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CuanTec, a blue biotechnology company based in Dunbeg, has won the Innovation Award at the RSPB Nature of Scotland Awards.
A project set up to support great yellow bumblebees on Tiree was also highly commended in the community Initiative section.
The awards were made during a special presentation dinner last Thursday (November 22) with co-sponsor Scottish Natural Heritage (SNH), as a celebration of the passionate and dedicated people fighting to save Scotland’s wildlife and our unique and special places.
CuanTec is a Scottish start-up with a circular economy, zero waste solution to food waste and plastic pollution. They extract the natural biopolymer chitin from inedible bits of scampi, and turn it into compostable, anti-microbial food packaging that makes food last longer, and provides an additional 48 hours of shelf life for fresh salmon.
A third of the food in the western world is wasted, and 10 per cent of the waste occurs between farm and store. Fresh seafood is particularly prone to spoilage and the industry has been working hard to achieve a shelf-life extension of 48 hours, effectively doubling the time that salmon steaks can be displayed in a supermarket.
Dr Cait Murray-Green, CEO of CuanTec, said: ‘We are delighted and proud that CuanTec’s unique solution to food waste and plastic pollution has been chosen by the RSPB. Our environment is plagued by plastic that is damaging to bird and animal life and now the world has awakened to the need for solutions. CuanTec’s new approach will provide an alternative that is environmentally supportive and also reduces food waste.’
The Tiree project was highly commended in the Community Initiative section of the awards.
The project highlights the importance of crofting for biodiversity.
Great yellow bumblebees are one of the UK’s rarest bumblebees and are only found on flower-rich habitats in areas such as the machair of the Scottish islands and around the north coast.
The Tiree project encourages local volunteers to carry out surveys for the bees, as well as planting new areas of suitable forage plants in gardens and the wider countryside. The project is currently producing a range of very positive outcomes.
Tiree Ranger Stephanie Cope, said: ‘This project has engaged successfully with all age-groups in our community to share the story of the great yellow bumblebee. Project actions to conserve this iconic species have inspired a sense of pride in our island, along with a desire to show stewardship towards Tiree’s machair landscape and the threatened wildlife it supports.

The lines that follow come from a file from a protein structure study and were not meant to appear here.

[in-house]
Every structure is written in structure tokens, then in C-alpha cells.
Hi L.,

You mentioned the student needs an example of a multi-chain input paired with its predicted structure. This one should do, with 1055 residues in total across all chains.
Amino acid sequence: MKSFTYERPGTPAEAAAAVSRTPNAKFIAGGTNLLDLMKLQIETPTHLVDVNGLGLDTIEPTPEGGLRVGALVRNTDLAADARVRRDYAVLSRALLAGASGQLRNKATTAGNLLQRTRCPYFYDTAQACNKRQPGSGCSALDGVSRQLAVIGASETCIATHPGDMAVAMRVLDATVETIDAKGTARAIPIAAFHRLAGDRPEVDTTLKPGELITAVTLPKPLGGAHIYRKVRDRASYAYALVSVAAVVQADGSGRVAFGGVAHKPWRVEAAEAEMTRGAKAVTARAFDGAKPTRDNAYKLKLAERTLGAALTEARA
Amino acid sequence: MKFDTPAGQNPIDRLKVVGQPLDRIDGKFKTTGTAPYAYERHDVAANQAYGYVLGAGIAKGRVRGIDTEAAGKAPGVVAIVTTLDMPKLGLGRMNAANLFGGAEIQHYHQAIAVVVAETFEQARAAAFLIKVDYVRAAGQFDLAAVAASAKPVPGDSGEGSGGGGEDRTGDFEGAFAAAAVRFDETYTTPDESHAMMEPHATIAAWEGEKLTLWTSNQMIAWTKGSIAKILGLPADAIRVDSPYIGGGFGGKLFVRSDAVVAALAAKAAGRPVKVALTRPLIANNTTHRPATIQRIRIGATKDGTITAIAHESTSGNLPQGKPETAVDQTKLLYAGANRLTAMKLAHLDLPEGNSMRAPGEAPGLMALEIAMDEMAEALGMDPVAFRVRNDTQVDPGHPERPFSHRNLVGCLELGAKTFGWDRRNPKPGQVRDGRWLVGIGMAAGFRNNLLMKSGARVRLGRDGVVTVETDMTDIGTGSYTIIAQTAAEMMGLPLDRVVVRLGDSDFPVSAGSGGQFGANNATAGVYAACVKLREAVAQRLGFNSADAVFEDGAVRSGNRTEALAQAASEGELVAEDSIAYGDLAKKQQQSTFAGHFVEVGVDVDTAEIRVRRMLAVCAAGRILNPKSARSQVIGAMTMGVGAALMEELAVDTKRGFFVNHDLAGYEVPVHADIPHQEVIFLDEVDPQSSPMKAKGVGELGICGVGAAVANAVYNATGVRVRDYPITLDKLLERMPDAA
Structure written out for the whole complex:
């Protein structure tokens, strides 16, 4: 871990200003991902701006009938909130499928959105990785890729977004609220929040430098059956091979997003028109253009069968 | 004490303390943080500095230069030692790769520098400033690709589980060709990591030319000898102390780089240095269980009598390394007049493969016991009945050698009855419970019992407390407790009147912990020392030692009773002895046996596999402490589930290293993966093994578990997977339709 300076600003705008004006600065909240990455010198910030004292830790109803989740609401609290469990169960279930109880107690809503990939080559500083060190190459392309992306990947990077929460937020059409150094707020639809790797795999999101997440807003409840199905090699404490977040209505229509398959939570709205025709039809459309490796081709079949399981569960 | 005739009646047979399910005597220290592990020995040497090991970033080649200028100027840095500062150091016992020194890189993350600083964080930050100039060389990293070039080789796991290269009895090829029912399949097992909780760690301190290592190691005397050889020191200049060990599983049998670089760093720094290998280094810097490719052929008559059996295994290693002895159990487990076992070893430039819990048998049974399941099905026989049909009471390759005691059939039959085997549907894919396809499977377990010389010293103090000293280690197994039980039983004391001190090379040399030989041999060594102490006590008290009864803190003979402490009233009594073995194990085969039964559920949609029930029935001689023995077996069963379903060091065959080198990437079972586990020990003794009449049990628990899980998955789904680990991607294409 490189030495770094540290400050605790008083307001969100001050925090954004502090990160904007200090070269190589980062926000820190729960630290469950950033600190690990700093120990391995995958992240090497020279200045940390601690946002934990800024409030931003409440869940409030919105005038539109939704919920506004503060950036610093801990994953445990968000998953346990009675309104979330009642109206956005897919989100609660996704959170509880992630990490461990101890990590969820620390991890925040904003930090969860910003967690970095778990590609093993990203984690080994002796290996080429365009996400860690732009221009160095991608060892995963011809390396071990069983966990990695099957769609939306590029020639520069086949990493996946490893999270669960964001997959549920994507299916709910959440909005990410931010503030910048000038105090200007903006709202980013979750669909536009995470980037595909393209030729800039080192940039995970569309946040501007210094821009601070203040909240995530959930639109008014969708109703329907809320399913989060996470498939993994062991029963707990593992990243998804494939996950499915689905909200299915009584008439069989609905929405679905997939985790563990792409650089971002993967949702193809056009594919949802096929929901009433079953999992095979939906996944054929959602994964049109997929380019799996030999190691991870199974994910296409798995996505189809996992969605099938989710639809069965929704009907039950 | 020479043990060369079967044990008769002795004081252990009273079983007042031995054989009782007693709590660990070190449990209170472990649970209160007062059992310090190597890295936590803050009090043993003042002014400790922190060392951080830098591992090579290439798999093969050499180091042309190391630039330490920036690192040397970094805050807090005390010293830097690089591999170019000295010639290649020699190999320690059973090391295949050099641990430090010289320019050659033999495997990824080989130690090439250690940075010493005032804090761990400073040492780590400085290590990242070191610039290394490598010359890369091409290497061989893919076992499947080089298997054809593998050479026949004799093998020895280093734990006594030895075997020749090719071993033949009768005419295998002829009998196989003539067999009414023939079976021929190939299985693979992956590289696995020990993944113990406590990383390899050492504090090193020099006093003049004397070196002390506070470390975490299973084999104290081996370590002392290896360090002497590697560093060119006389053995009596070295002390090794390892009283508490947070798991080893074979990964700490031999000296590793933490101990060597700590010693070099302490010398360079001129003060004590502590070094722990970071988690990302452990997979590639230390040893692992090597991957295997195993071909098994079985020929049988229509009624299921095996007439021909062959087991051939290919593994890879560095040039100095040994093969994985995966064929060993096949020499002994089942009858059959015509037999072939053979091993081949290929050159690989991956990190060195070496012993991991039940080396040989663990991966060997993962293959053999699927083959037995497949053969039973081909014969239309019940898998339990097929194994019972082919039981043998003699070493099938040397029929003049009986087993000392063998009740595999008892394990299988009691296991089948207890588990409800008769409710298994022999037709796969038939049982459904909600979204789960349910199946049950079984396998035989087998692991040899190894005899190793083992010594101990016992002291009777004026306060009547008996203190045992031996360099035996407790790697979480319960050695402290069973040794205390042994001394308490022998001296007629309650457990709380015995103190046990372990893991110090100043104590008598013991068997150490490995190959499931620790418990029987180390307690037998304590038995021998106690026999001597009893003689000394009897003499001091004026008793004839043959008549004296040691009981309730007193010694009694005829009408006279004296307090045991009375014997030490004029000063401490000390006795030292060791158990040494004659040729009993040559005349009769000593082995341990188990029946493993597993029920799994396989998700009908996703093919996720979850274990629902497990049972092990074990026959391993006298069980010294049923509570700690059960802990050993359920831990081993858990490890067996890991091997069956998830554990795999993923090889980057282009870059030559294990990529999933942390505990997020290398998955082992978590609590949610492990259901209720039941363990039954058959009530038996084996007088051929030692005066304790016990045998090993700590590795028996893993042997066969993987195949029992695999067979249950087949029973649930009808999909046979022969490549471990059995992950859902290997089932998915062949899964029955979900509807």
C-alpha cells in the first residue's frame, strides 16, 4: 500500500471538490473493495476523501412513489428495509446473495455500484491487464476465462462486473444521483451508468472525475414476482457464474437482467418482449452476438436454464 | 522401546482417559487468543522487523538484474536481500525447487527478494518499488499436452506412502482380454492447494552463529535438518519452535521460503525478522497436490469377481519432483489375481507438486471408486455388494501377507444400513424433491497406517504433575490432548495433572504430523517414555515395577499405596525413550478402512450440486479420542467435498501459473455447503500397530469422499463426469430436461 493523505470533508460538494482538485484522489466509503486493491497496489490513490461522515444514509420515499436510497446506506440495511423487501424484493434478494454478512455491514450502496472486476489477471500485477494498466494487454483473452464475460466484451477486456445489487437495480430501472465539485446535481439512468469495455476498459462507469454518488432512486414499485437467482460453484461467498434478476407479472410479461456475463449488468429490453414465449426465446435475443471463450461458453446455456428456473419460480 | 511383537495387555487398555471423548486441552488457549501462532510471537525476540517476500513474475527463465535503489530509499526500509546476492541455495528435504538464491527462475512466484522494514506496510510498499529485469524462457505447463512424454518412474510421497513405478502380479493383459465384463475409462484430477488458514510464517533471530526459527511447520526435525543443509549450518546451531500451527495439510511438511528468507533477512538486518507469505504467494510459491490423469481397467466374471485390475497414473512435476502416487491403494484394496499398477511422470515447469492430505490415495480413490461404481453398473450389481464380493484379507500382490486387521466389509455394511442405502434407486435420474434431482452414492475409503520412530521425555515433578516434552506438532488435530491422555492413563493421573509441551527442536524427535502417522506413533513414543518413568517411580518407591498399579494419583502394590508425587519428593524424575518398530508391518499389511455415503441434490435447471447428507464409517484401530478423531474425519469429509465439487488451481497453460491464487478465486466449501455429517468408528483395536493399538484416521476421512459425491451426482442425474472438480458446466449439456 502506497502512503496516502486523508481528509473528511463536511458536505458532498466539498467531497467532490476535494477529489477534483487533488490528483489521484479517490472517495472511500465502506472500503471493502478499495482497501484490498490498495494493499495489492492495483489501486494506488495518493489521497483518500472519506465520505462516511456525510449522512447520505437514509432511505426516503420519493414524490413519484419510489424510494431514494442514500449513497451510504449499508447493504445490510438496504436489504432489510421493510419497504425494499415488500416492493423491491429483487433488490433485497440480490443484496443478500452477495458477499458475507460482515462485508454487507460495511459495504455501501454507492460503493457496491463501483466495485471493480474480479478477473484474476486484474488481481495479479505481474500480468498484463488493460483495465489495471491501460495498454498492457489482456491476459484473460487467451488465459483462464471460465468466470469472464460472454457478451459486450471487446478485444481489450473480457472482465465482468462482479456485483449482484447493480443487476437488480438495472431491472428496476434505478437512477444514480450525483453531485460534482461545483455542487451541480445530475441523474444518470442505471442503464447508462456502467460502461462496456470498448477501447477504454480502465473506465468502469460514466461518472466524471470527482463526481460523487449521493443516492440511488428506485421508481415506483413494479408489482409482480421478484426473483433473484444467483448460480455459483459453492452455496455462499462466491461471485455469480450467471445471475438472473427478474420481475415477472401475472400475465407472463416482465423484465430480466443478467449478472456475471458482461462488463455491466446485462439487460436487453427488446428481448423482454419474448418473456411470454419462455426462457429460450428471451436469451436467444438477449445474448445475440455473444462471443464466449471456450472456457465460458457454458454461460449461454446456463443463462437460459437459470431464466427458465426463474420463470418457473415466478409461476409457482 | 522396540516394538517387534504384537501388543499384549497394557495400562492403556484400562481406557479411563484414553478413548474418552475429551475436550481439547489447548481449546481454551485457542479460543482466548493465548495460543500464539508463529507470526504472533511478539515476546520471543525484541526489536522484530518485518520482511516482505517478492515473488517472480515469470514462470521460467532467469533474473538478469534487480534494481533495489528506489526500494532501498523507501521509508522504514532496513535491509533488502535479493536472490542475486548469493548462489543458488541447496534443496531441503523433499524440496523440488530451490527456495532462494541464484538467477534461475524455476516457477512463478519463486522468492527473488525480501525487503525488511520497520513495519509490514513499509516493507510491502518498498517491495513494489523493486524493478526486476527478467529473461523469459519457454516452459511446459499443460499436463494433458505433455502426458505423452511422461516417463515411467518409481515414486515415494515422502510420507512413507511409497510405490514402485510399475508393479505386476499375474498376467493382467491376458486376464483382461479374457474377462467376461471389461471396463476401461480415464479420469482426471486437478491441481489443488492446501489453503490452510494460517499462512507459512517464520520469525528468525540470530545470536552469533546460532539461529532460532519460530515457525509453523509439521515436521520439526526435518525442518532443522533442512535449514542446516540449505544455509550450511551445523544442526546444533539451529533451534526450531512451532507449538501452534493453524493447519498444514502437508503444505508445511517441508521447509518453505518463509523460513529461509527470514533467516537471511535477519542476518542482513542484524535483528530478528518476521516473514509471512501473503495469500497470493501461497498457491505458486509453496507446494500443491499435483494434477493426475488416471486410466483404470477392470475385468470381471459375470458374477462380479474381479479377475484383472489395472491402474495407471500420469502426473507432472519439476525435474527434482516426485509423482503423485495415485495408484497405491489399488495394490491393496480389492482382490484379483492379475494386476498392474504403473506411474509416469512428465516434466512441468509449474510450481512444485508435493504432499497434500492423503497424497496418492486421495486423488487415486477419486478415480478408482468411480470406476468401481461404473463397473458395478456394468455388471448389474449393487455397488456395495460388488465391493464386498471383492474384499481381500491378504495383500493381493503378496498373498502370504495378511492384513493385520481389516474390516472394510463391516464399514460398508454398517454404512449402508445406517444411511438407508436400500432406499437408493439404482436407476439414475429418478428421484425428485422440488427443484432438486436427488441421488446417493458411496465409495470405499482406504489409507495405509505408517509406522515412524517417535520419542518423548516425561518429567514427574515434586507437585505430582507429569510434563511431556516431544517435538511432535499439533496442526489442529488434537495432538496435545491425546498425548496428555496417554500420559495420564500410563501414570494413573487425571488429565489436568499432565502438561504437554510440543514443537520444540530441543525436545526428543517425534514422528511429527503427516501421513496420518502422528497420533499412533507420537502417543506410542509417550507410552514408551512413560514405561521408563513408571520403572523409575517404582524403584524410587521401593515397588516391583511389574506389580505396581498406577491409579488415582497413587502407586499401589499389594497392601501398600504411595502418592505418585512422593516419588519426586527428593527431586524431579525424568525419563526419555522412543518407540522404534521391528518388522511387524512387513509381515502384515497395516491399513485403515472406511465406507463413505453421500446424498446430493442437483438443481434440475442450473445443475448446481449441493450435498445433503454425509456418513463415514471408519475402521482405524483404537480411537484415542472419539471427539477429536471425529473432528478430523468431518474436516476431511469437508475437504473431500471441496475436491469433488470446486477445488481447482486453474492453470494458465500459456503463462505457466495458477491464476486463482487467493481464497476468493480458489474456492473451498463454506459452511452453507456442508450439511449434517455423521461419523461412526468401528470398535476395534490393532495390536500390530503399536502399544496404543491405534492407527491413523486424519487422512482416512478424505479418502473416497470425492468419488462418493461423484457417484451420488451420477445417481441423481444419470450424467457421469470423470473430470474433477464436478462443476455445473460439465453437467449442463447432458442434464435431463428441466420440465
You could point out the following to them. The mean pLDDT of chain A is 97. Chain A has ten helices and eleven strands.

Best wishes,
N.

With guidance from project leader Janet Bowler, our community has come together to safeguard their natural heritage.’
Kate Humble, TV presenter, writer and naturalist, hosted the Nature of Scotland Awards at the Sheraton Grand Hotel in Edinburgh, where 11 people and projects received beautiful trophies designed by Bryony Knox and sponsored by Turcan Connell.
The full list of winners are :
· Food & Farming Award (sponsored by The James Hutton Institute): Common Farm
· Business Award: Barratts provides new homes for people and wildlife in Aberdeen
· Innovation Award (sponsored by Balfour Beatty): CuanTec
· SNH Youth & Education Award (sponsored by Scottish Natural Heritage): Reviving Rossie – Awakening a secret wood
· Community Initiative Award (sponsored by GreenPower): Ninewells Community Garden: therapeutic gardening for all
· RSPB Young Nature Champion Award (sponsored by ScottishPower): Xander Johnston and Kathleen McMillan
· Nature Tourism Award (sponsored by Scottish Water): The Argaty Red Kite Project
· Political Advocate of the Year: Dr Tom Dargie
· Sustainable Development Award (sponsored by The Ardmore): European Offshore Wind Deployment Centre Scientific Research Programme
Sir John Lister-Kaye OBE was recognised with the lifetime achievement award for his work as a naturalist, conservationist, author, and educator.
Kate Humble said: ‘I’m thrilled to have hosted the Nature of Scotland Awards 2018 where I had the opportunity to meet and thank the conservation heroes doing so much to protect Scotland’s precious natural heritage.
‘The dedication and hard work of individuals is crucial in the battle to protect and preserve Scotland’s natural environment for generations to come and I’m pleased to celebrate the people and projects offering nature a home.’
Anne McCall, Director of RSPB Scotland, said: ‘Congratulations to all of this year’s award winners. It is inspiring to see the range of people dedicated to protecting wildlife and preserving Scotland’s unique natural environment. Everyone should be incredibly proud of the work they have done and the achievements they have made. We hope the celebration of this work will encourage an even greater number to take action to protect wildlife and give nature a home in Scotland.’
Mike Cantlay, Scottish Natural Heritage Chairman, said: ‘Scottish Natural Heritage is proud to co-sponsor the Nature of Scotland Awards and to celebrate the inspiring people and projects working hard across Scotland to safeguard our wonderful natural environment. These fantastic conservation champions play a vital role in helping more people enjoy and benefit from nature and ensuring that our natural heritage is protected and improved in the future, so many congratulations to all.’